The Yasuní national park in Ecuador is a pristine area of Amazon rainforest. It is a place of unparalleled beauty, biodiversity, ecological and cultural importance, and is home to many groups of indigenous people, some of whom have chosen to live in isolation from the rest of the world.
It, and the lives of the people who live there, are currently threatened with destruction in order to extract half a billion barrels of oil. This must not happen. For the sake of Yasuní's people, and the global climate that we all rely on, the oil must stay in the ground.
The President of Ecuador has appealed to the international community to help save Yasuní but his proposal - that rich countries pay Ecuador $350m per annum over ten years not to exploit the oil - has failed to take off. This is due to both the lack of clarity from the Ecuadorian government and the lack of support from rich countries.
Although the proposal is visionary in recognizing that northern countries have an obligation to help southern countries mitigate climate change, it has significant flaws: it does not protect the rights of the forest's indigenous inhabitants, leaves Yasuní vulnerable to future oil exploitation, and risks turning it into a giant carbon offset, sold to the highest paying polluter.
If this proposal is improved, Yasuní could set a new precedent for climate justice. It could provide a model for how the rich world can fulfil its existing obligations to help countries in the global South preserve their environmental and cultural treasures and make the transition to a low carbon economy, in partnership with local communities.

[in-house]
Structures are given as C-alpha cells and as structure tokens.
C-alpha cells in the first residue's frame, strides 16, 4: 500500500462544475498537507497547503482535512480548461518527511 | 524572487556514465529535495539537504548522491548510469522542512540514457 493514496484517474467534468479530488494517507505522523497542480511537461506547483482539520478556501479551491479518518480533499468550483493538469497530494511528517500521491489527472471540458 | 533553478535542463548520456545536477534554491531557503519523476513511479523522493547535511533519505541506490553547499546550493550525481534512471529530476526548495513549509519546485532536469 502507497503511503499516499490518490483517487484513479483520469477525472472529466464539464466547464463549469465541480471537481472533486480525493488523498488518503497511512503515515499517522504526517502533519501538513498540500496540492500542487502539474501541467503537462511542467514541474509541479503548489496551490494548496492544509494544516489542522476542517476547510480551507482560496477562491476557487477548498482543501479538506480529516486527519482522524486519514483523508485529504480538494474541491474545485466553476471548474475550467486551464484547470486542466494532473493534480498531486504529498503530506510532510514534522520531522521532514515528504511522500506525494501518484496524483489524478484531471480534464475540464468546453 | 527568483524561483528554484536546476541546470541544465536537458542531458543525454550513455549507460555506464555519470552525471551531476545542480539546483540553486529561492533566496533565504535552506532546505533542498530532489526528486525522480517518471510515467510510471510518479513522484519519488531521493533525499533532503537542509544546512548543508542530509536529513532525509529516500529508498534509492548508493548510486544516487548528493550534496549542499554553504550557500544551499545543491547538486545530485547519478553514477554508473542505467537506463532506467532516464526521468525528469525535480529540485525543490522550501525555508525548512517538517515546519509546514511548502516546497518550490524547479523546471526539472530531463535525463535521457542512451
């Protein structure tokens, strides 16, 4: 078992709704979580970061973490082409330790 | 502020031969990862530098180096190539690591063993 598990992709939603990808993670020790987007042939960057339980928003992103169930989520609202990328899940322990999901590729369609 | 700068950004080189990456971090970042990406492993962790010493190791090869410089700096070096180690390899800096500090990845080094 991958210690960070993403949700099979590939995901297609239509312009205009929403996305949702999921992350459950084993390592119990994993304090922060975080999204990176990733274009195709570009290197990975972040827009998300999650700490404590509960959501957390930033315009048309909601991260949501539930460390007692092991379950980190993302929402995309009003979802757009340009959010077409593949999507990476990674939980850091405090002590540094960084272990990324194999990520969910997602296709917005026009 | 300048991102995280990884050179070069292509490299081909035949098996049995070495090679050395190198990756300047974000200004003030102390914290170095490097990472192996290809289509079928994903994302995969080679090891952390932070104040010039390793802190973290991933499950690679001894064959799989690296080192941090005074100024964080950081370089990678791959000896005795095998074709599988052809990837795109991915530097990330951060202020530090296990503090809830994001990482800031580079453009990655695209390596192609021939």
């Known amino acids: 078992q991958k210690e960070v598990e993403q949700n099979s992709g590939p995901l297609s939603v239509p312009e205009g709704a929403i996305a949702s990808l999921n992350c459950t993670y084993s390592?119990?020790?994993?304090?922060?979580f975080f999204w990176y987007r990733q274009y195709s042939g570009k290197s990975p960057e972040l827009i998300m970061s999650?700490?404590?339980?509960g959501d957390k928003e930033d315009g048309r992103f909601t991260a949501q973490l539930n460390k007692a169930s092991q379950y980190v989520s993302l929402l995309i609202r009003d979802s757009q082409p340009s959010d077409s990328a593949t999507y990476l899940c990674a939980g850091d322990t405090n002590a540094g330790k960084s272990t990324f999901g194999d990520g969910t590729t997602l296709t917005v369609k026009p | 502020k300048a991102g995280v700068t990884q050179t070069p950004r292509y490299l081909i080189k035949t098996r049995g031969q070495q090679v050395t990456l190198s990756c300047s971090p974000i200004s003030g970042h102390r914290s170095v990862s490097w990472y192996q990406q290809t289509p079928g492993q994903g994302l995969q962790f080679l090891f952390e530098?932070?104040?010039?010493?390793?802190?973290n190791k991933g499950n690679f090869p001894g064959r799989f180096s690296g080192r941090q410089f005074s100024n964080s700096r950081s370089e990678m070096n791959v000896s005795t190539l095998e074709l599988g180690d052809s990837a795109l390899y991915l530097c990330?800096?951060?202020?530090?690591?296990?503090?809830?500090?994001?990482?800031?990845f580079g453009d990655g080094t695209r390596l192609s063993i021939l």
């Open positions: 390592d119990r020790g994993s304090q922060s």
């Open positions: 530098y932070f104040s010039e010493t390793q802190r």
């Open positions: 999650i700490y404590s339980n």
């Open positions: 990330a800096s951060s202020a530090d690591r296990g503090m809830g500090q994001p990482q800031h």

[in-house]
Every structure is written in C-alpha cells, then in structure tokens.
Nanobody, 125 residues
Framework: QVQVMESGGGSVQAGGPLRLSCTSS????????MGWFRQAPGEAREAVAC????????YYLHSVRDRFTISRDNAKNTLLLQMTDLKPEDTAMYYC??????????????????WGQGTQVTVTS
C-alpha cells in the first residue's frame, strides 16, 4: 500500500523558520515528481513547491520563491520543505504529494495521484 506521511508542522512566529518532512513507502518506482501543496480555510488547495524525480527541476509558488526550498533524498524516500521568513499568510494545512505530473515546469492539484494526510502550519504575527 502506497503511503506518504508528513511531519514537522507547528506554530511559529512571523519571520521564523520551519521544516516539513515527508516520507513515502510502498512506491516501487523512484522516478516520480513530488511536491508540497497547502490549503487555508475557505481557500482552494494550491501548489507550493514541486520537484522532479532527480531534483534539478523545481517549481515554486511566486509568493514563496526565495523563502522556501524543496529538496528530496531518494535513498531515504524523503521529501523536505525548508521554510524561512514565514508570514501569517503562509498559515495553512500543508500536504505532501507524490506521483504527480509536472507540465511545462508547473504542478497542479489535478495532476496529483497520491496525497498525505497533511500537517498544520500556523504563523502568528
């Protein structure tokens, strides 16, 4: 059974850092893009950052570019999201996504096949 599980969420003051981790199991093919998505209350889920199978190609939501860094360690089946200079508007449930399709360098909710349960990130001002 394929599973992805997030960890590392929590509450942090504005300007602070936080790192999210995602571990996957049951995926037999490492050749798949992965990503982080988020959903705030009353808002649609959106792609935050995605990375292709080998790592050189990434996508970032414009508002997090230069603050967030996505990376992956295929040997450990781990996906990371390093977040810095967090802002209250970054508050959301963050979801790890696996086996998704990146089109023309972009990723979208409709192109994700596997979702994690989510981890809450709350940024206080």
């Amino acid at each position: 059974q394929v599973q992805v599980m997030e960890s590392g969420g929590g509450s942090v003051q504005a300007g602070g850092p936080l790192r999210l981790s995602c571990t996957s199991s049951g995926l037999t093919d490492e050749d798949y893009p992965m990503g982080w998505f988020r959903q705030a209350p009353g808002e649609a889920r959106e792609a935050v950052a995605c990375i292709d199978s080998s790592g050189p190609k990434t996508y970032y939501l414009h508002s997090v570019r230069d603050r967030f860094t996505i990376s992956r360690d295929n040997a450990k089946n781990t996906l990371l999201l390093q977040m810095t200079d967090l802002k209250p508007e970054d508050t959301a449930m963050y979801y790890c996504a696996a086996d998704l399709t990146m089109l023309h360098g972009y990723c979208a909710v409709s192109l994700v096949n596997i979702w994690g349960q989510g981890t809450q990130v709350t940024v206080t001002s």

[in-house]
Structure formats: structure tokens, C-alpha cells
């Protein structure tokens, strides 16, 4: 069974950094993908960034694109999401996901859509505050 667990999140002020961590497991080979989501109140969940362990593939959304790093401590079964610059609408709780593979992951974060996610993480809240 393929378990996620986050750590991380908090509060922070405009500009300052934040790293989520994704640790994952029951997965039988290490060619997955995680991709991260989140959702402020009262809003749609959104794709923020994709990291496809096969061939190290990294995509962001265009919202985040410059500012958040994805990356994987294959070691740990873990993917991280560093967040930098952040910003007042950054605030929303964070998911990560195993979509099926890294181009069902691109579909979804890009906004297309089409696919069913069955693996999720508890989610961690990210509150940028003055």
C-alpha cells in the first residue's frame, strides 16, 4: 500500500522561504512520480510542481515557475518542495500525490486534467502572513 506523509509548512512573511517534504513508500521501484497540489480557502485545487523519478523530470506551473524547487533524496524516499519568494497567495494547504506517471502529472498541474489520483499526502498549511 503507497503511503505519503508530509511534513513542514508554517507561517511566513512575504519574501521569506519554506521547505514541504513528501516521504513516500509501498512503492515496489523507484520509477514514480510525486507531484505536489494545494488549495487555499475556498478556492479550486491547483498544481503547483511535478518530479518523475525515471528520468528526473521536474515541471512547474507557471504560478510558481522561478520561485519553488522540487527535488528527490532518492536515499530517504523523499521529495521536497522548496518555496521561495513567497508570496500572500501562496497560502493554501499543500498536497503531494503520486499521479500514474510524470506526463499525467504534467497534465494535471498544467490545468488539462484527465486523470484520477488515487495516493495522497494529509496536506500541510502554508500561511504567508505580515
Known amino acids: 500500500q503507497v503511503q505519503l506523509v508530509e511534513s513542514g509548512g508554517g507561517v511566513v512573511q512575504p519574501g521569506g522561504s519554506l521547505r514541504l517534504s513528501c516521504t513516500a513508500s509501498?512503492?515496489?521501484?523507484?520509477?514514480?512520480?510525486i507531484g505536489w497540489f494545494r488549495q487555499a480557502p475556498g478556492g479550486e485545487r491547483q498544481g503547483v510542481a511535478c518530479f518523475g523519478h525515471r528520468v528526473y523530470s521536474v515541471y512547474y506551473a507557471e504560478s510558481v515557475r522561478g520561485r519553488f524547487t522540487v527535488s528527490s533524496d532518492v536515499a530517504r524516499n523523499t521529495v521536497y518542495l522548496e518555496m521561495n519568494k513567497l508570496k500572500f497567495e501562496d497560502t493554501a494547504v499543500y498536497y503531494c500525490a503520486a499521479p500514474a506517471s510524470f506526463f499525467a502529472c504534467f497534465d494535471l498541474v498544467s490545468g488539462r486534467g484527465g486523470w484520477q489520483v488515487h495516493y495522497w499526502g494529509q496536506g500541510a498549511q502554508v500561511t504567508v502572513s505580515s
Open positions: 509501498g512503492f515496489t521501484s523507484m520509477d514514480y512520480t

Action to save Yasuní is needed now!
- An unconditional, non-reversible commitment from the Ecuadorian government to preserve Yasuní and protect the human rights of its people.
- An unlimited extension of the time given to reach agreement on how to do this.
- An international process led by the Ecuadorian Government, with full participation from local and indigenous groups in the region, to create a clear, coherent and fully representative proposal for securing a long-term sustainable future for Yasuní. This process should seek to work in partnership with supportive NGOs and governments.
- An assurance that any financial support from governments will come through an open, democratic and accountable process, and will not involve carbon trading, World Bank funding or debt cancellation schemes, which have proved ineffective in reducing CO2 emissions and damaging to local peoples' rights around the world.
- An assurance that any other projects which may have a negative impact on the area will not be allowed to go ahead.